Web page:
Lopsided races: Most Maryland congressional reps face little competition
Map, Democratic majorities diminish competiton
It would require a lot of switching. The district is home to nearly 327,000 registered Democrats, compared with 78,500 Republicans and 61,500 independents.
"I'm hoping that when the election is over, it takes some of the incentive away from Republicans to have the attitude that it's 'my way or the highway,' " Cummings said when asked how the election will influence fiscal policy in Washington. "Hopefully that will free up some cooperation."
Mirabile said it is Democrats, including Cummings, who are unwilling to compromise.
"Quite honestly, this whole fiscal mess lies squarely on the Democrats and their decision to raise the debt limit," Mirabile said.
The state's meandering 3rd District, which runs from Montgomery County up to central Baltimore County, has been the focus of much of the criticism surrounding the new congressional map. A Philadelphia-based consultant ranked the district last month as the third-least compact in the nation.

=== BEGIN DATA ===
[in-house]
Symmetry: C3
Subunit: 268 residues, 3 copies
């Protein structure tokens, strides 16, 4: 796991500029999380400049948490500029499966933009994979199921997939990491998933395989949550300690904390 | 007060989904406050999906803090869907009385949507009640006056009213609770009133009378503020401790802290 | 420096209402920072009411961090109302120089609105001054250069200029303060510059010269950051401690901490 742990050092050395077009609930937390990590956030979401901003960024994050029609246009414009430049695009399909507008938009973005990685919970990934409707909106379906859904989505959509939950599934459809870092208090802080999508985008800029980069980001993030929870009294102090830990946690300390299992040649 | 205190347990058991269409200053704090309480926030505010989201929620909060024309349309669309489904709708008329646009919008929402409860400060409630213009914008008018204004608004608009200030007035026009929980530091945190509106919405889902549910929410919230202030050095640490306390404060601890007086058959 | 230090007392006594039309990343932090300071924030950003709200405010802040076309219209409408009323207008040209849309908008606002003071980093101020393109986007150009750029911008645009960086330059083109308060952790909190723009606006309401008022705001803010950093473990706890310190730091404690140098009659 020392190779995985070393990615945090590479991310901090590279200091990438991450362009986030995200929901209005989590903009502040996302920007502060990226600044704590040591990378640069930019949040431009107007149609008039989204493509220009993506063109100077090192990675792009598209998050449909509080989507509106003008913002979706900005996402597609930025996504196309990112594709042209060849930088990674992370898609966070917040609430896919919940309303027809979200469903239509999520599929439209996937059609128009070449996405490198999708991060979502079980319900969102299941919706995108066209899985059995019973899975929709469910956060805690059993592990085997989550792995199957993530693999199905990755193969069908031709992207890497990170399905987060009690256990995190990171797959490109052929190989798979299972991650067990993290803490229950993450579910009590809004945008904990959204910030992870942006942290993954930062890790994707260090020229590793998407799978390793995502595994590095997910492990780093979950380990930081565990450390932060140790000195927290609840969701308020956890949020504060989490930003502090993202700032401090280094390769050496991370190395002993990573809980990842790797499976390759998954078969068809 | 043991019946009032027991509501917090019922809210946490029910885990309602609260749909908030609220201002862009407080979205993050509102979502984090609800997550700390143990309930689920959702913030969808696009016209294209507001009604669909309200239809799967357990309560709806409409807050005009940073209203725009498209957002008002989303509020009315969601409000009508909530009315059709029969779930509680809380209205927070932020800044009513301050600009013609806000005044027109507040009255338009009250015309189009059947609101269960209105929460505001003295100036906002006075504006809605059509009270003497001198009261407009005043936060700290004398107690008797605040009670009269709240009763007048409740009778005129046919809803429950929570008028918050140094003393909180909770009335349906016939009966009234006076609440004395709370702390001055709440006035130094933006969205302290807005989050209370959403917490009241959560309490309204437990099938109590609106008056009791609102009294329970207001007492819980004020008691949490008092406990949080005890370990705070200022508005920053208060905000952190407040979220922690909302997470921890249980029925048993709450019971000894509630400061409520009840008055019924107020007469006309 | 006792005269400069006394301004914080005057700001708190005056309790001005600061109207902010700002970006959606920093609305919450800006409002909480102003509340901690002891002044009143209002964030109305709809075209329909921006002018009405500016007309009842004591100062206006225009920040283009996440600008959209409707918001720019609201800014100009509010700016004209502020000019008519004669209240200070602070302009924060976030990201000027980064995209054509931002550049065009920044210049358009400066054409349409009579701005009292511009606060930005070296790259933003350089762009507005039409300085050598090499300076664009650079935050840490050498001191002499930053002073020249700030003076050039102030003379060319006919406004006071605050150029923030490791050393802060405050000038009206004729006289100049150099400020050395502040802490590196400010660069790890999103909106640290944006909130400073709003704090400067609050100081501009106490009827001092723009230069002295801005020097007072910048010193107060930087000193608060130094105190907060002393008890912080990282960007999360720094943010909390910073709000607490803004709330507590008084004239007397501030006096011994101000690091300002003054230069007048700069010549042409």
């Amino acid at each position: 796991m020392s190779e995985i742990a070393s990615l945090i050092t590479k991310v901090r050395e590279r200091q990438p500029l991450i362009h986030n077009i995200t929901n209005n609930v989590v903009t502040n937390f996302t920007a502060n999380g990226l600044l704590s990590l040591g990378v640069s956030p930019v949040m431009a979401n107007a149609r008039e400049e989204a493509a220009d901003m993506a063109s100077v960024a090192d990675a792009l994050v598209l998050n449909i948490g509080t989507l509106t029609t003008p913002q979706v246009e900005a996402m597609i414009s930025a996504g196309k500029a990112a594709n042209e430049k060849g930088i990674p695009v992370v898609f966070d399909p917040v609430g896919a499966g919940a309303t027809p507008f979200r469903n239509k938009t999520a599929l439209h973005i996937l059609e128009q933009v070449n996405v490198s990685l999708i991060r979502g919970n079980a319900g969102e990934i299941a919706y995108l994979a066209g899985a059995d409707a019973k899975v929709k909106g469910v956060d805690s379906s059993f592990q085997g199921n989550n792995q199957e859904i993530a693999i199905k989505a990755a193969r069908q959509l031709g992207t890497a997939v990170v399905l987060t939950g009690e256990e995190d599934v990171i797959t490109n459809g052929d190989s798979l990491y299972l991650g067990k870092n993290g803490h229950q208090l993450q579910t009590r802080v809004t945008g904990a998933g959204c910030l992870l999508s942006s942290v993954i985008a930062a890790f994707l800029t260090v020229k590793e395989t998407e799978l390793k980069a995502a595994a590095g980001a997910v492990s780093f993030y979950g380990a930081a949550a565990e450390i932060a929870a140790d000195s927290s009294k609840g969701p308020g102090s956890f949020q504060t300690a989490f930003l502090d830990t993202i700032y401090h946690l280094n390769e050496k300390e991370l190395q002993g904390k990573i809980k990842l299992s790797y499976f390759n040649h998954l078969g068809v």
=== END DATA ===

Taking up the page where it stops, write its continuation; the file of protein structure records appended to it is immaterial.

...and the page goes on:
Besides having a higher concentration of Democrats, the district is home to another constituency that will likely give an edge to incumbent Rep. John Sarbanes: federal employees. Like others in the delegation, Sarbanes has pushed back against attempts — mainly by Republicans — to trim the federal workforce and reduce its pay.
"I don't think you should be coming back to the federal workforce without having insisted that the highest-income people in this country contribute more to solving this fiscal situation," Sarbanes said. "It's time for others to step up."
His Republican opponent, Eric Knowles, did not respond to a request for comment.
For information about Maryland candidates for Congress and state ballot questions, go to baltimoresun.com/electionguide2012